Lens Hood Basics: What You Need to Know

If you’re new to photography, you may be wondering what’s the big deal with lens hoods. Here’s a quick two-minute breakdown of why exactly you’ll find them attached to lenses everywhere.

In the video above, David Bergman for Adorama has some basic knowledge to share about how lens hoods can, at times, actually help to create higher quality images. Their main purpose is for blocking light sweeping in from an angle which can create a lens flare effect and reduce the contrast in images. Certainly there are times when this kind of look is actually the goal, but a lot of the time the effect can be too distracting in an image or overpowers the subject.

So does this mean you should be taking it on and off, carrying around this extra piece of gear everywhere you go? Not necessarily. Bergman also has good reason to keep his lens hood on at all times: protection. Check the full video for solid information about an essential piece of kit.

By the way, can we all appreciate this $1,000 lens hood from Nikon? So dreamy.

Cover photo by slon_dot_pics via Pexels.

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Deleted Account's picture

Unless constrained by filters, I *always* have a lens hood attached!

Casey ATKINS's picture

I remember watching some YouTuber unbox and review a lens I was interested in and while going over the contents of the box he was like "and it comes with a lens hood. We don't need that!" and he tossed the lens hood aside. I was like WTF? Lens hoods are useful. Do you like unintentional lens flare? Do you like bumping and scratching your lens on stuff? What the hell dude.

Fritz Asuro's picture

Because some (or a lot) think that a lens hood is for aesthetics.

Deleted Account's picture

For some (or a lot) they are. ;-)

Johnny Rico's picture

Lens hoods are cool and all, until they are just wasting room in a 1510. They are a pain in the ass to pack.

davidlovephotog's picture

Not really. I put mine on backwards over the lens and they add nothing to the space.

Fritz Asuro's picture

With you blocking the rays with your hand is the reason why we have lens hood.
Because you probably want to support the camera+lens with both hands.

Fritz Asuro's picture

Well, good for you if you can it. But not all photographers would be happy doing that. It doesn't hurt to put the hood on the lens.

Marcin Świostek's picture

I can't imagine blocking the light with my hand in concert photography all the time. ;)

Johnny Rico's picture

Doesn't work in a Trekpak system. I have 3 lens hoods and a mini roll of gaffers all like russian dolls taking up a slot.

Marc Vidal's picture

Same for me. In my backpack I can put 2 lenses + the camera mounted with a lens. Adding the 3 corresponding lens hoods is really a pain. Finally, I let the lens hood at home.
And for the protection purpose, I don't care. after 9 years of carrying my camera everywhere, I never dropped or bumped my gear a single time.

Robert Nurse's picture

A $1000 lens hood? That's like Profoto's $500+ fabric grid for it's 5' Octa. The grid costs more than the modifier!

Richard Barcelo's picture

That hood is made for the 16 000$ nikon 800mm. If you can afford that lense, you can afford the hood! :D

Ryan Mense's picture

I know that's their logic for setting the price, but still the markup must be ridiculous on it.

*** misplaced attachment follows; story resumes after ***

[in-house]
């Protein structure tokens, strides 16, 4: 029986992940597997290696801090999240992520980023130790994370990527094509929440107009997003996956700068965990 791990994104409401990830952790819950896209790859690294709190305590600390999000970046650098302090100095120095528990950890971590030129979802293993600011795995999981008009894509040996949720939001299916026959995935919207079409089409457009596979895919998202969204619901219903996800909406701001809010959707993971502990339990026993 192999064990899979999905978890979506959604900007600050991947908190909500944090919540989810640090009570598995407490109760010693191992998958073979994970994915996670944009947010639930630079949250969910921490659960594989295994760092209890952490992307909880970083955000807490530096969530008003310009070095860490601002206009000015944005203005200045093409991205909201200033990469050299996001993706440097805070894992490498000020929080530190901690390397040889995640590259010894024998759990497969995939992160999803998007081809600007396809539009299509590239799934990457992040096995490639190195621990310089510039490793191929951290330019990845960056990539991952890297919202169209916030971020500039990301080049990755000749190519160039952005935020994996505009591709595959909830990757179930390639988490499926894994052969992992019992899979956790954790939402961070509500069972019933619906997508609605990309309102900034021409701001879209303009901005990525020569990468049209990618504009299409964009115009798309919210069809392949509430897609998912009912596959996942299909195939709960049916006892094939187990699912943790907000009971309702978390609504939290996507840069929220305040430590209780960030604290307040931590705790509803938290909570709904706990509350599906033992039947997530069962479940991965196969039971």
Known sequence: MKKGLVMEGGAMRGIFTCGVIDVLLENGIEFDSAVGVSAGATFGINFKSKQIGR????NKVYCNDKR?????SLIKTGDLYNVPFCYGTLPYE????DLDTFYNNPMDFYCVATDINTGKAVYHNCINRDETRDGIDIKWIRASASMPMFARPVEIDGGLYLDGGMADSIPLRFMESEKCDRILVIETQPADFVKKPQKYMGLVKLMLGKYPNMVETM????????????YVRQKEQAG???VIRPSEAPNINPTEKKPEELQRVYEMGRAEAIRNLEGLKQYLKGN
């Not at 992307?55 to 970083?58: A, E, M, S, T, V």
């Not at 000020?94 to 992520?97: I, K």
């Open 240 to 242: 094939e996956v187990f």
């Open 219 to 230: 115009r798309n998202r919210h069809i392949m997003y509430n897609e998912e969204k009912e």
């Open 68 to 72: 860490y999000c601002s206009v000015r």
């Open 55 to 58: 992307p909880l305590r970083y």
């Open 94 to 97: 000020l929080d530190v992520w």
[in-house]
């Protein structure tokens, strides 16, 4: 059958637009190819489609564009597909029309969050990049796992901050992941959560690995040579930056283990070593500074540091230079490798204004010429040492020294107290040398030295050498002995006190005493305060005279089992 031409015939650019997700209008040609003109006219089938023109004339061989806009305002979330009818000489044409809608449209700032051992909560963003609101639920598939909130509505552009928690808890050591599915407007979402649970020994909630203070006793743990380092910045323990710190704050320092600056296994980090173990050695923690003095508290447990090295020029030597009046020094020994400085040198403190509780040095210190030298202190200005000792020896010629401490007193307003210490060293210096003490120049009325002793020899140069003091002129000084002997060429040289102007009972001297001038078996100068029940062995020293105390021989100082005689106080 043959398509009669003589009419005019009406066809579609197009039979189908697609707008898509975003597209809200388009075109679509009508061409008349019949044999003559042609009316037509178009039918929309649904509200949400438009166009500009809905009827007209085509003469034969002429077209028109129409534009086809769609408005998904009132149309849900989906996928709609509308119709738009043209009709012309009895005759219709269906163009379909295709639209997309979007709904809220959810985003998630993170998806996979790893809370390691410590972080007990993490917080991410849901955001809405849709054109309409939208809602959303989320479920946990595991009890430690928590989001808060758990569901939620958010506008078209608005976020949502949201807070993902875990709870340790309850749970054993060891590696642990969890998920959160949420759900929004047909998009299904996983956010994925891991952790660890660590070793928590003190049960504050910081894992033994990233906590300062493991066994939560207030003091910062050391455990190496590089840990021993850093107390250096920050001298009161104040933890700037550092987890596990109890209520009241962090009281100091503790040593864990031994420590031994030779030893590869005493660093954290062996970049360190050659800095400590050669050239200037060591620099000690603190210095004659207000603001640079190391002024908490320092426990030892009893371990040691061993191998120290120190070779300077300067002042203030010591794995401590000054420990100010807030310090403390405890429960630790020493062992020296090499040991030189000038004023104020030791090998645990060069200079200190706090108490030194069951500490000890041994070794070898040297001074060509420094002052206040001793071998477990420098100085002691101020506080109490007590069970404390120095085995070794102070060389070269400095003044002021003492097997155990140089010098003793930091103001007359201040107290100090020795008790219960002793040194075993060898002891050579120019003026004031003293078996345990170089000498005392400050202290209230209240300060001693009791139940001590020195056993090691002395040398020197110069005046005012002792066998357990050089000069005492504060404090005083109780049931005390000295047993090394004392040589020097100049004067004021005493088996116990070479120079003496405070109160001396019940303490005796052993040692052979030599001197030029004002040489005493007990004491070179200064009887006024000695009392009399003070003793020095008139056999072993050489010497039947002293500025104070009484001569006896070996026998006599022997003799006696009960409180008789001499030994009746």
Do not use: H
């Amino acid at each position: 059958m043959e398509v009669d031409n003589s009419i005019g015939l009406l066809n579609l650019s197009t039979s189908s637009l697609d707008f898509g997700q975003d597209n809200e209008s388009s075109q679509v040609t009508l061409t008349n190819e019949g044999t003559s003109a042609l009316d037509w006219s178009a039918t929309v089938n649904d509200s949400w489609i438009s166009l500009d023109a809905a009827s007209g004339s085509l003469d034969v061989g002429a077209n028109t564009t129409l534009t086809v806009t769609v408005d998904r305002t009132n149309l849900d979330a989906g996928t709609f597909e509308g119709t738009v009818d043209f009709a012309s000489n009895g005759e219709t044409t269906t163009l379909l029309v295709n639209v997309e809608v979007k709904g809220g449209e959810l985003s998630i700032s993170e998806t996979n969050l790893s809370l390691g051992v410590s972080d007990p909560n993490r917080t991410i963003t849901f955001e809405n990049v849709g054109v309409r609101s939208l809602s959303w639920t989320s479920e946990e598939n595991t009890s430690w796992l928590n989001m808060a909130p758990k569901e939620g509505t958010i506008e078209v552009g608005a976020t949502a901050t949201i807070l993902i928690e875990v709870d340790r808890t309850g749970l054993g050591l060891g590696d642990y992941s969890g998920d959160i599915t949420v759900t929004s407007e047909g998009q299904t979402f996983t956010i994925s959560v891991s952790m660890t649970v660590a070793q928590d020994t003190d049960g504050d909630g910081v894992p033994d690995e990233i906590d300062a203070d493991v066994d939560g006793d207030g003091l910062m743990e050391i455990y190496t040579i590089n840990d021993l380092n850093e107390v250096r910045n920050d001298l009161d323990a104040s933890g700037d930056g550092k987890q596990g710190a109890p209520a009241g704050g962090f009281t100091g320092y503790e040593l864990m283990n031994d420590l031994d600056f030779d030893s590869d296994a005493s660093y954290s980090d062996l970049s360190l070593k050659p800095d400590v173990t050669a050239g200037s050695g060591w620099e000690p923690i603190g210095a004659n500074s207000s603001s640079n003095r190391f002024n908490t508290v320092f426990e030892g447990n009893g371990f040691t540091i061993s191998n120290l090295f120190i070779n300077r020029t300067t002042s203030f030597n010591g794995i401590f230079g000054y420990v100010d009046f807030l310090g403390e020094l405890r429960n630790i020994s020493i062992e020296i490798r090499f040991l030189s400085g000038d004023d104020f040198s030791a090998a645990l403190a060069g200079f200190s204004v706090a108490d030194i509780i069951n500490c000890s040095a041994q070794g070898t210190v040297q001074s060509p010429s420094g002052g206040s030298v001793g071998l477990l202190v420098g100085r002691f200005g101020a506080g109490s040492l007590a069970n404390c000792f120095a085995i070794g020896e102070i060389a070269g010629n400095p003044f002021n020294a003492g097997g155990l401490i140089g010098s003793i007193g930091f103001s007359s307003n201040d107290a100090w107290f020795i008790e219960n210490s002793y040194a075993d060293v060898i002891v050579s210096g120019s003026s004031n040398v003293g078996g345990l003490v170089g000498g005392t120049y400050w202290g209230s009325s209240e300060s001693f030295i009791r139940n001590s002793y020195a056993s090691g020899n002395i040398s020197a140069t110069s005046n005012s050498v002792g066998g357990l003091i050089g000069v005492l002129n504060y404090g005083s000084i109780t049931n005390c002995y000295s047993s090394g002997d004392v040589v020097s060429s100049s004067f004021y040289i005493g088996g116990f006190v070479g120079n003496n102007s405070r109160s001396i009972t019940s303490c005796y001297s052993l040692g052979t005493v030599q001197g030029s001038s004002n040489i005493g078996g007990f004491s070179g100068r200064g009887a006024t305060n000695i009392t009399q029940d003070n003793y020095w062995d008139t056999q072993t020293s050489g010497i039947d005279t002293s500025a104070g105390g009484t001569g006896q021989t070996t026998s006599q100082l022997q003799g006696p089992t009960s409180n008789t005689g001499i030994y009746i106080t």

Robert Nurse's picture

Profoto should take note. At least this hood doesn't cost $17000! :D

Kirk Darling's picture

There is another and more frequent way the hood functions to save contrast in the image. Remember that the lens projects a circular image--but the sensor is a rectangle cut from that circle. Those round edges of light--actually more total excess photons than actually strike the sensor--splash randomly around the mirror box.

If the light is dim enough, the black mirror box sides can absorb it. If the light is very bright (if much of the image is bright skylight or a white studio background), the mirror box sides cannot absorb it, and a lot of that random light bounces back to the sensor as a general contrast-reducing fog. This happens whether there is a bright light in or near the image or not--it's a factor of large bright areas within the picture.

A well-designed lens hood reduces this fog by intruding into the round area seen by the lens, but it still outside the rectangular area seen by the sensor. Instead of the lens "seeing" bright skylight or white background, it sees the dark interior of the lens hood. Much less non-imaging light enters the lens, and this much dimmer light is more easily absorbed by the mirror box.

This is not new information. Back in the day when shooting with a bright background, we used "compendium" bellows hoods that we extended until the edges of the hood were just barely out of view, cutting out everything but the bare imaging light that would strike the film.

Grant Schwingle's picture

I have a personal, rage-filled anxiety associated with photographers that shoot with the lens hood on in reverse. It just screams newbie to me even though I think I've seen Annie Leibovitz shoot that way. Just don't do it! The only time I would normally use the hood and don't is if I have a CPL on and need to be adjusting it on the fly which can be difficult with the lens hood on.

Vincent Alongi's picture

I can't think of any time I wouldn't want that little insurance policy attached to the front of my lens. There's always going to be the first time you may bump (or get bumped). But to each his own...

Edit: I take that back. I have to admit, I'll walk around with my 50mm and no hood attached. Why? Well, now I will ;)

stir photos's picture

Ugh, i'm the worst with lens caps and lens hoods. the caps i'm constantly losing and the hoods i'm losing or forgetting. my goal is to not lose a single one this whole calendar year. you'd think i'd learn my lesson with all the shots i get with accidental lens flare artifacts, but nope...